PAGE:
Although it's easy to dream of winning the lottery, inheriting a million dollars, or otherwise getting rich without effort, Stanley and Danko make it clear that there are few shortcuts to wealth. Among their more interesting findings:
-Most of America's millionaires don't flaunt their wealth.
-They live in working-class neighborhoods.
-They drive moderately-priced cars, often purchased used.
-They are more likely to shop at JC Penney or Sears than at Saks.
-Many millionaires are entrepreneurs.
-Many do not have college degrees.
People who become the millionaire next door tend to:
-Have a budget.
-Spend less than they earn.
-Track their expenditures.
-Have concrete goals for the future.
Stay with me now-- do you, or do you not, want to retire comfortably? If not, then you're on the wrong blog. If you do want to retire without the spectres of diminishing Social Security and disappearing pensions clouding your last days, read on.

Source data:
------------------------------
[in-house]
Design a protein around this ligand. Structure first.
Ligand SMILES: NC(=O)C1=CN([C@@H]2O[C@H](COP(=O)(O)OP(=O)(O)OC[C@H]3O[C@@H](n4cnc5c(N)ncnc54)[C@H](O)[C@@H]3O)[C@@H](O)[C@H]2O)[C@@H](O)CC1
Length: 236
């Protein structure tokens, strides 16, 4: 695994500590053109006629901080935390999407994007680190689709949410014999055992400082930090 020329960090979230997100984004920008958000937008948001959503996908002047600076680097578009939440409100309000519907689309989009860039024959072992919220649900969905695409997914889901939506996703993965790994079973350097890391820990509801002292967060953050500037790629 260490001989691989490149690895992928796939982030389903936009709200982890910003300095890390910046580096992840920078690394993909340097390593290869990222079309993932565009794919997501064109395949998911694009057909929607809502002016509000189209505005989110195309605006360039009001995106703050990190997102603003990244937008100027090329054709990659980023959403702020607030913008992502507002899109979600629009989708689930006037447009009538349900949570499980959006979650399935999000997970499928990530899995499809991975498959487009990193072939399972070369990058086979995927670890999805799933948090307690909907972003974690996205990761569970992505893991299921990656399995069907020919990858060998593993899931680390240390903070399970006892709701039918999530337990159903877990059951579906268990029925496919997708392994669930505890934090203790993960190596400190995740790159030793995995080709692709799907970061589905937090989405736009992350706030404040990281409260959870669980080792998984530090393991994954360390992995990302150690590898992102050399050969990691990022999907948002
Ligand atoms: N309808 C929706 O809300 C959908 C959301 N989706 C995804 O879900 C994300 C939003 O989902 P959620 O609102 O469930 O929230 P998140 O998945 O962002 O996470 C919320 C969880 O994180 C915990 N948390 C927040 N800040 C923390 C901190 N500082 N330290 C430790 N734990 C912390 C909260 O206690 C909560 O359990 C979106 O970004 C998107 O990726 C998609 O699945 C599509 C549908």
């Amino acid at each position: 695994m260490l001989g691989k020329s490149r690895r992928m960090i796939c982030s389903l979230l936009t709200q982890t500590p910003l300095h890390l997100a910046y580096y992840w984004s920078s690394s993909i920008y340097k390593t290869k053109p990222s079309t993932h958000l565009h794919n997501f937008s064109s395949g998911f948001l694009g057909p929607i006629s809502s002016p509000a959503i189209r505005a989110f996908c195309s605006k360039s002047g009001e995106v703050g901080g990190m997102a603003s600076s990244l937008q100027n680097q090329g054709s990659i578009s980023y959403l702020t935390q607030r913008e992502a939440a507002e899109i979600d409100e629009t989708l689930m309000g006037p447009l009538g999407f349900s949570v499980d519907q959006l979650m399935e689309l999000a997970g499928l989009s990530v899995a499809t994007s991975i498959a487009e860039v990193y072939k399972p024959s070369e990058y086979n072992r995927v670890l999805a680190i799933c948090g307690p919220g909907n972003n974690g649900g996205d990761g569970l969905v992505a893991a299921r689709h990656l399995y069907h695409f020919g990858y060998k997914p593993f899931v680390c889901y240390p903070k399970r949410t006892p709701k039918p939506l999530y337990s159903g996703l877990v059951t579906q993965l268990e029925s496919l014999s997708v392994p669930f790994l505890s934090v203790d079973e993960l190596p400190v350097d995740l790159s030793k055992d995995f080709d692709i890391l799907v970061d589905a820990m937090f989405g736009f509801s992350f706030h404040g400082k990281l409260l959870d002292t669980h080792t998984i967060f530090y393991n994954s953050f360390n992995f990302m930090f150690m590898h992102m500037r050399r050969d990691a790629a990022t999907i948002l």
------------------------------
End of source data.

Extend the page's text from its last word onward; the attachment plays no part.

Look back at the characteristics of The Millionaire Next Door as outlined above. Not very exciting, eh? Obviously, these wealthy people are not the Gucci-wearing, leased-Jaguar-driving, champagne-swilling crowd. They probably eat their Brie-- if they've ever heard of it-- on a plain old Saltine cracker. Yet according to Stanley and Danko, these sensible people don't have a lot of worries.
Compared to the high-consumption crowd, the millionaires don't spend much time worrying over shrinking social welfare programs or how to make ends meet. They've chosen a lifestyle that allows them to live comfortably, and retire with all the money they'll ever need. Rather than keeping up with the Jones's, they've focused on keeping up their bank accounts. The wise millionaires know it's hard to enjoy life when you can't make ends meet.
I recommend reading The Millionaire Next Door. It may change your life, or it may just let you know what you're doing right. Either way, it's worth reading.
Get a Grip!